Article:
Lawmaker, advocates encouraged by Iowa mental health legislation

They also point to state's need for more psychiatrists, therapists

Mary Neubauer

Mental health advocate
Mary Neubauer Mental health advocate

JOHNSTON — Although the Iowa Legislature has passed landmark legislation expanding mental health services, a key lawmaker said the job is not done and the state must remain ready to adapt to changing needs.

Rep. Joel Fry, R-Osceola, chairman of the House Human Resources Committee, said he’s “incredibly proud” of the unanimous passage of House File 2456 to expand access to mental health services by making it easier to get people who need help into the system.

At the same time, he noted the Legislature also has approved legislation to expand access to and the use of telehealth, as well as a suicide prevention bill. A bill to address opioid abuse has been passed by the House and is pending in the Senate.

But lawmakers’ work isn’t done, he said during the Friday taping of Iowa Public Television’s “Iowa Press.”

“I don’t know that you ever put a ribbon around mental health issues and say that the issue is fixed,” Fry said.

“As time moves on, issues change for individuals, new social factors come into play,” he said. “We have to be ready to move and evolve with the community. So I would not say that this issue is never fixed, given the nature of the world that we live in.”

Mental health advocates agreed but were encouraged by the legislation.

“It’s significant. I would go so far as to say groundbreaking,” said Peggy Huppert, executive director for the Iowa chapter of the National Alliance on Mental Illness (NAMI).


The legislation address services from the crisis entry point all the way through to ongoing and long-term care.” Huppert said.

“So we have access centers for people in crisis — and that was important to law enforcement, but it’s also important to family members when you have someone who is in crisis to have a place to take them,” said Huppert, whose children have mental health issues.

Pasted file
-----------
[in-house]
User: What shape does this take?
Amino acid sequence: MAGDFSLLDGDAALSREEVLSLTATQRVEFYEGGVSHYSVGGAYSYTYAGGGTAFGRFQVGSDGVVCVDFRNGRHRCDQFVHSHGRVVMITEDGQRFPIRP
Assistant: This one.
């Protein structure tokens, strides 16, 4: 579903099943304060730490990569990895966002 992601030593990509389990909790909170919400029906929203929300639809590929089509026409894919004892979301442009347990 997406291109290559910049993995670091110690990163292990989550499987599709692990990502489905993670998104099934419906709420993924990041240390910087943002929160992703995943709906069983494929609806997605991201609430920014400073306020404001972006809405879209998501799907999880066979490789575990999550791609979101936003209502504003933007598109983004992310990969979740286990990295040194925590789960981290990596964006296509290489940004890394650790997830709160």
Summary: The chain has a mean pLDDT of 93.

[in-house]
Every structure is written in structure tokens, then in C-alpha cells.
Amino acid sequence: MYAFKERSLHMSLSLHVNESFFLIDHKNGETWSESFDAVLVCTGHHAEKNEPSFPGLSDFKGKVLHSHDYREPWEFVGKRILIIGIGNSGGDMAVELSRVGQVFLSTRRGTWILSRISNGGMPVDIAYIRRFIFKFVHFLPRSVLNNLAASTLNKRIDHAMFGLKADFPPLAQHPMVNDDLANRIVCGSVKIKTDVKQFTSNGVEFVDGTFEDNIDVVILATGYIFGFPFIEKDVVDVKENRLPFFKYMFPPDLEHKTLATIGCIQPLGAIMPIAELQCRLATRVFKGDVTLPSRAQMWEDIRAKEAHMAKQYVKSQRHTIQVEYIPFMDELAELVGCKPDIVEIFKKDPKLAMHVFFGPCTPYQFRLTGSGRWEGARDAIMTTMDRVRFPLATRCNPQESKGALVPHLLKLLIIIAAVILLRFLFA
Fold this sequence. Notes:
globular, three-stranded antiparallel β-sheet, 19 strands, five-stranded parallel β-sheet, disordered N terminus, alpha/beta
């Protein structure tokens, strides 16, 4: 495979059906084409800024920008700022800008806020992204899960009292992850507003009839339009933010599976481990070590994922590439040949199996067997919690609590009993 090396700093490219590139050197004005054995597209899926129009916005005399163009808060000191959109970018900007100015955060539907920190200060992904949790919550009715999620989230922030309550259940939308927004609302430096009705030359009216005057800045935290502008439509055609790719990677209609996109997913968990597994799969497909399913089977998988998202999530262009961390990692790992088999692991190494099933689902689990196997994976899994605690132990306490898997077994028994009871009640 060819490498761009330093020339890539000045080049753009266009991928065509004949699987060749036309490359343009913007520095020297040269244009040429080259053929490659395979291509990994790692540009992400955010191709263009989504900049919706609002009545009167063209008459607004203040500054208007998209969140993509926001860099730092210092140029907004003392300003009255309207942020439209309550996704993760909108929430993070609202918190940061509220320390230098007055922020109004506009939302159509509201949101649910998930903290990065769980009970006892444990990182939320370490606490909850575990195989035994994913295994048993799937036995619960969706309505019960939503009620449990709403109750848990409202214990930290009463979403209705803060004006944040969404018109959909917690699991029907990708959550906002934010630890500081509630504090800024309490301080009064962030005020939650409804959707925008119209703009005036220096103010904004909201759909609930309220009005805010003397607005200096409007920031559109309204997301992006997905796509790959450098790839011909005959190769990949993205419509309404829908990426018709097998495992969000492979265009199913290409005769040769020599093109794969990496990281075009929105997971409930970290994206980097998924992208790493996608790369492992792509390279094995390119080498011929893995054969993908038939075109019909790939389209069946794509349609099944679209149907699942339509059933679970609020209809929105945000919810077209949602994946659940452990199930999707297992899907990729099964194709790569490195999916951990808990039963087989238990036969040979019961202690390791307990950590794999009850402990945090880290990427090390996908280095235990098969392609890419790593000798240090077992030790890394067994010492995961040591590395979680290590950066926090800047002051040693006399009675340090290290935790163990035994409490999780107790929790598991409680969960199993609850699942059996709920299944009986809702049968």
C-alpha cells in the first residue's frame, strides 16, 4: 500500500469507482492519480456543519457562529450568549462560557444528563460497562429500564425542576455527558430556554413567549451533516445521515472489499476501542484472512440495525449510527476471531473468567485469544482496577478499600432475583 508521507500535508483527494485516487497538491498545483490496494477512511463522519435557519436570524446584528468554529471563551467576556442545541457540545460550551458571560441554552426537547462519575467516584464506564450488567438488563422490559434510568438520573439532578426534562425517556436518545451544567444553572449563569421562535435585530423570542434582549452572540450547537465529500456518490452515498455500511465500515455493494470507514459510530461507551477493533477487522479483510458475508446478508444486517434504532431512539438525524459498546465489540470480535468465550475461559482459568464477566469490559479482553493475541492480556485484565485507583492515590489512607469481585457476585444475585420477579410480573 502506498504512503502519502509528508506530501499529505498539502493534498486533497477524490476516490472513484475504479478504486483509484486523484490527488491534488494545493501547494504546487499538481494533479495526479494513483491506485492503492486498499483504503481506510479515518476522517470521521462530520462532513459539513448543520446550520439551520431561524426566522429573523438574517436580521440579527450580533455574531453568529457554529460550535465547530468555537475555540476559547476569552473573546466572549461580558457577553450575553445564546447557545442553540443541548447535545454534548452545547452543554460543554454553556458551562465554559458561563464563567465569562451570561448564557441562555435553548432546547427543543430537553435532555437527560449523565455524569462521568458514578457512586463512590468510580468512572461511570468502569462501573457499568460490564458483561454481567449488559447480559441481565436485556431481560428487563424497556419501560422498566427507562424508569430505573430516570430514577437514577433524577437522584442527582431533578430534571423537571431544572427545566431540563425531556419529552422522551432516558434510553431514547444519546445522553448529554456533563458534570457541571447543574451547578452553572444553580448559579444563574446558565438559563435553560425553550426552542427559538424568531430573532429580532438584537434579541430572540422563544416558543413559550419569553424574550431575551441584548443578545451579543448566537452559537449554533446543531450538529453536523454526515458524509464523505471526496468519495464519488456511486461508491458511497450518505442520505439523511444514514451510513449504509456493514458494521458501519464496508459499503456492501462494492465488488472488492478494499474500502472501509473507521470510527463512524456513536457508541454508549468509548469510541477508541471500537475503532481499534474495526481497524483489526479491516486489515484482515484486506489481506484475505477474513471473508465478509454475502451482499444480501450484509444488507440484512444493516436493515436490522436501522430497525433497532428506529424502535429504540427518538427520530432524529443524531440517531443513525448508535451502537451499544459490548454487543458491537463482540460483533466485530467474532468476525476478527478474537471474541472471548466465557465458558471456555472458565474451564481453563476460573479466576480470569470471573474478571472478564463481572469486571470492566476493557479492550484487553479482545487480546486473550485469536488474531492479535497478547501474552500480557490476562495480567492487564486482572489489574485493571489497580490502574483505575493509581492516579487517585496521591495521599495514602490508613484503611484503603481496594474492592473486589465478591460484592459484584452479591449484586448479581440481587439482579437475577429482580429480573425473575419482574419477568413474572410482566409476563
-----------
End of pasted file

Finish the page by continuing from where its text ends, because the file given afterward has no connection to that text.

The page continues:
Mary Neubauer, whose teen son struggled with mental illness before taking his own life, said including subacute care — long-term residential mental health care delivered in less than “full hospitalization” settings — “was huge from my perspective.”

The question, Neubauer said, is whether there will be enough of that service available.

“I think only time will tell, and that’s why it’s so important that this conversation continue,” she said.

Fry is confident it will.

Gov. Kim Reynolds’ executive order creating a Children’s Mental Health Board to make recommendations for the implementation of children’s mental health programs, services and resources will steer that conversation, he said.

In addition, lawmakers also will be looking at the sustainability of the funding for both children’s and adult mental health, he said.

Neubauer said the state has to address the need for trained mental health personnel.

“Iowa hospitals have flat-out said they’re having great difficulty in attracting psychiatrists, psychologists and master’s level therapists … because of reimbursement for those providers or simply perhaps the level of income that they can achieve here in Iowa compared to somewhere else,” she said.

Noting there are only 31 child psychiatrists in the state, Huppert suggested registered nurses and physician assistants may need to play a larger role.


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“We’re never going to have enough psychiatrists to take care of everyone, ever, especially not child psychiatrists,” she said. “We also need to do a better job of educating our family doctors because two-thirds of all psychotropic medicines are prescribed by family doctors, but a lot of them are not equipped to and don’t really want to handle it.”

NAMI is collaborating with Des Moines University to help make sure that family doctors get more training in recognizing and treating mental health issues.

Iowa Press can be seen at 7:30 p.m. today and noon Sunday on IPTV, at 8:30 a.m. Saturday on IPTV World and online at

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